8. But from a historian’s perspective, it’s like saying “In what ways did Napoleon’s failed invasion of Russia lead to the Korean War?” — there’s a long path through the Crimean War, World War I, The Russian Revolution, to the empowerment of Stalin, but if Napoleon hadn’t tried and failed to invade Russia, Nicholas wouldn’t have had such a bug in his butt about French/British stuff in Turkey, and the Crimean war might not have happened, yadda yadda, yadda. Watching two branches of a family evolve in different ways over time is like a mini version of watching Napoleon invade Russia and at the same time not invade Russia, and see what happens in each case… Or something.

  9. My father is similarly obsessed with ancestry – he’s met with random people he met online who were distant cousins. It started when he began compiling old family photos for my grandparents and discovered that a great-uncle had already done a ton of the family history research in the 30s, and he got obsessed with finishing it. Because of him I know things like exactly when each branch of the family came to the United States (except the one he can only trace to the orphan trains) and that Celene Dion is my 12th cousin. Which… okay? That’s nice?

    I admit, I just don’t get it either.

  10. So far as health aspects, I completely agree. If I wanted — badly enough — to be healthier, I know what to do without the test results: Eat healthier & less, exercise more, etc.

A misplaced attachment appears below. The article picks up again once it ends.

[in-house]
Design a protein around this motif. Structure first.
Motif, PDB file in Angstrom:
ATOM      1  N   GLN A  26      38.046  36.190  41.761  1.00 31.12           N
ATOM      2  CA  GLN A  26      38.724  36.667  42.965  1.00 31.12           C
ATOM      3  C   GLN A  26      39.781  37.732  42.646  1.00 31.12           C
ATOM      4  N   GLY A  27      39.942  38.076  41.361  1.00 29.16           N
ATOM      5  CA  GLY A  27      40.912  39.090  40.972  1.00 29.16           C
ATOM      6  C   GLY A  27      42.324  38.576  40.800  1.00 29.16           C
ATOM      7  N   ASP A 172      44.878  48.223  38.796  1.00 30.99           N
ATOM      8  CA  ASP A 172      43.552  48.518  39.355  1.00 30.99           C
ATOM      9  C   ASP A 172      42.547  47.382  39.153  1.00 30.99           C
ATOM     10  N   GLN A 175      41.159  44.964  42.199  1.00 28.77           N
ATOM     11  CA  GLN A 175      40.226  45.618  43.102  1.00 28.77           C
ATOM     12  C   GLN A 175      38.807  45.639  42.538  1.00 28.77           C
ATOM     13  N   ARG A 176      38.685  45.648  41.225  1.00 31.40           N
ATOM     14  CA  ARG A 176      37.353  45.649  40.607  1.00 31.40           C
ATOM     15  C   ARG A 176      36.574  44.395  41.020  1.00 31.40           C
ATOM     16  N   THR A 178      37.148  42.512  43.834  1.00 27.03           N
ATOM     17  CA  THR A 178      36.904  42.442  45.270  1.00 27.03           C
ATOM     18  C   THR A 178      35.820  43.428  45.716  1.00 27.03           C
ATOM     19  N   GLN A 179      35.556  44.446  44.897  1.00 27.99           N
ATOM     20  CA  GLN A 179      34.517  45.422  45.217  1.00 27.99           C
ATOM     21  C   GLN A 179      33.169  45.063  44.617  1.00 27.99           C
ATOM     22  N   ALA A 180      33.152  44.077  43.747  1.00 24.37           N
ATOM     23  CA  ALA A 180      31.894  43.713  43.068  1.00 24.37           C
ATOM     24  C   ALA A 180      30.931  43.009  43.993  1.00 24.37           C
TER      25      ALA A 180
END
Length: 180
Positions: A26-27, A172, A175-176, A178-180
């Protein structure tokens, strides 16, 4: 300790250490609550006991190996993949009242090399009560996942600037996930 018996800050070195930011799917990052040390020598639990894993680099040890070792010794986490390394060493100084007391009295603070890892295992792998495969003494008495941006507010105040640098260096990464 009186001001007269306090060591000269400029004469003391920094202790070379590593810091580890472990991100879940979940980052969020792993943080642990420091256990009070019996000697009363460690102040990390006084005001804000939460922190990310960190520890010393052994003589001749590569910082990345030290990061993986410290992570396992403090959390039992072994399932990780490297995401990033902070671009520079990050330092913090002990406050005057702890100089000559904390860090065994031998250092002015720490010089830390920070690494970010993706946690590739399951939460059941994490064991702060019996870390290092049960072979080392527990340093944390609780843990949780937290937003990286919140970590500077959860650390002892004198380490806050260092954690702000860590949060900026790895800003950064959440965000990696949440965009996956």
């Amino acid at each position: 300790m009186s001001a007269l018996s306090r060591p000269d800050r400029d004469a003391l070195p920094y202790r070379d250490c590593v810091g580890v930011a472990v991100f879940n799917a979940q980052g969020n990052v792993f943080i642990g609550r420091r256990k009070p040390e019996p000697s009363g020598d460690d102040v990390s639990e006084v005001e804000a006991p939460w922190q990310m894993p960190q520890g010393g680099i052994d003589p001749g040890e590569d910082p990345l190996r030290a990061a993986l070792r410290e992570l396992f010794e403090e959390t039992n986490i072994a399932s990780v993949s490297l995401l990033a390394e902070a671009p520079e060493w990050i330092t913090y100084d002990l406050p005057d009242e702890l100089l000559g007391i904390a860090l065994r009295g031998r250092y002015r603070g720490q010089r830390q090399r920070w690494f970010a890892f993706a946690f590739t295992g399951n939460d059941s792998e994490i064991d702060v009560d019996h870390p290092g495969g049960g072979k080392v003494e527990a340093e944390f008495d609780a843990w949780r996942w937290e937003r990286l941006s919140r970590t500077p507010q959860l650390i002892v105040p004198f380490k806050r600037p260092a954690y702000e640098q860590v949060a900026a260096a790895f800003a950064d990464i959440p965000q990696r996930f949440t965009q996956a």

I also agree that “3rd t0 10th cousin” isn’t close family; we’re not getting together at holidays. Nor, is the technology suffieciently advanced to yield good asnwers now.

    But, the family history aspect has fascinations for me:
    1. The mystery story of where I came from — I write my own detective story, using real facts and characters. (This seems to have been your father’s motivation.)

    2. Micro-history — How did my ancestors influence events and were in turn influenced by events?

    3. As we age, more life is behind us than ahead; it’s natural to look to the past. By looking beyond our own births, we can extend our time frame.

    Of course, these are merely hobbies; the saying goes “My genealogy is fascinating; yours is boring.” Yet, genealogists do an exercise they call “the happy dance” when a small piece of the puzzle is found & fits. It’s fun.

    Genetic testing is only one tool in a family historian’s kit. It isn’t the primary tool and doesn’t do the job alone. But, it can be helpful when other tools fail.

  11. I am TOTALLY fascinated by genealogy. To me, it seems like a captivating story. Captivating, in part, because it’s my story, my family’s story. I have so many questions. LIke why, WHY, would you come from Europe and settle in North Dakota. Were they headed for Cali and got tired? Were they gluttons for punishment?

    I agree, however, that meeting a living 5th cousin doesn’t seem all that interesting. Maybe because it wouldn’t shed much light on the big unanswered questions. Who am I and how did I get here?

  12. Some people are fascinated by military history. I think those people are weird and I just don’t get it.

    Genealogy is a story about your family, yourself and people who were in similar circumstances generations ago but whose descendants might be in very different circumstances. I can easily see why it might be interesting. Also, maybe the less you know growing up, the more fascinating it is to find out.

  13. For someone who grew up nerdy in an academic household (and I suspect some science journalists had similar upbringings), it has been reassuring to learn that my ancestors were ordinary folks: butchers, bakers, sailors, pub owners.